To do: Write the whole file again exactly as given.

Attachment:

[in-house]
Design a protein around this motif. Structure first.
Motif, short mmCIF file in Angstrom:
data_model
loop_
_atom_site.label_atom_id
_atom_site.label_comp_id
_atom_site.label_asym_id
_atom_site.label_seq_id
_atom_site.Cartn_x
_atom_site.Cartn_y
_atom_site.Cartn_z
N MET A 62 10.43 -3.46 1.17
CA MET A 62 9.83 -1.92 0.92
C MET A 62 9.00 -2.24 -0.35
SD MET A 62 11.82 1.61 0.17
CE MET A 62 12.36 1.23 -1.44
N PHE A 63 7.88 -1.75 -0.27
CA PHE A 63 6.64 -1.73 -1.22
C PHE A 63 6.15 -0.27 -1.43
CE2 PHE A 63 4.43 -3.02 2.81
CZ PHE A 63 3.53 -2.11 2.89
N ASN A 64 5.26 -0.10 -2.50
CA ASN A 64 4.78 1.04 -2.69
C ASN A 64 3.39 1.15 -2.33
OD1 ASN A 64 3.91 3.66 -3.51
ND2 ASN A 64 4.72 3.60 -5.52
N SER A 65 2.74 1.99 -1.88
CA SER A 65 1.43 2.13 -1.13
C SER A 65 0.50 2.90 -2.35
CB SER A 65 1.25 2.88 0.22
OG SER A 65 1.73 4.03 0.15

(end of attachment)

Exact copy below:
[in-house]
Design a protein around this motif. Structure first.
Motif, short mmCIF file in Angstrom:
data_model
loop_
_atom_site.label_atom_id
_atom_site.label_comp_id
_atom_site.label_asym_id
_atom_site.label_seq_id
_atom_site.Cartn_x
_atom_site.Cartn_y
_atom_site.Cartn_z
N MET A 62 10.43 -3.46 1.17
CA MET A 62 9.83 -1.92 0.92
C MET A 62 9.00 -2.24 -0.35
SD MET A 62 11.82 1.61 0.17
CE MET A 62 12.36 1.23 -1.44
N PHE A 63 7.88 -1.75 -0.27
CA PHE A 63 6.64 -1.73 -1.22
C PHE A 63 6.15 -0.27 -1.43
CE2 PHE A 63 4.43 -3.02 2.81
CZ PHE A 63 3.53 -2.11 2.89
N ASN A 64 5.26 -0.10 -2.50
CA ASN A 64 4.78 1.04 -2.69
C ASN A 64 3.39 1.15 -2.33
OD1 ASN A 64 3.91 3.66 -3.51
ND2 ASN A 64 4.72 3.60 -5.52
N SER A 65 2.74 1.99 -1.88
CA SER A 65 1.43 2.13 -1.13
C SER A 65 0.50 2.90 -2.35
CB SER A 65 1.25 2.88 0.22
OG SER A 65 1.73 4.03 0.15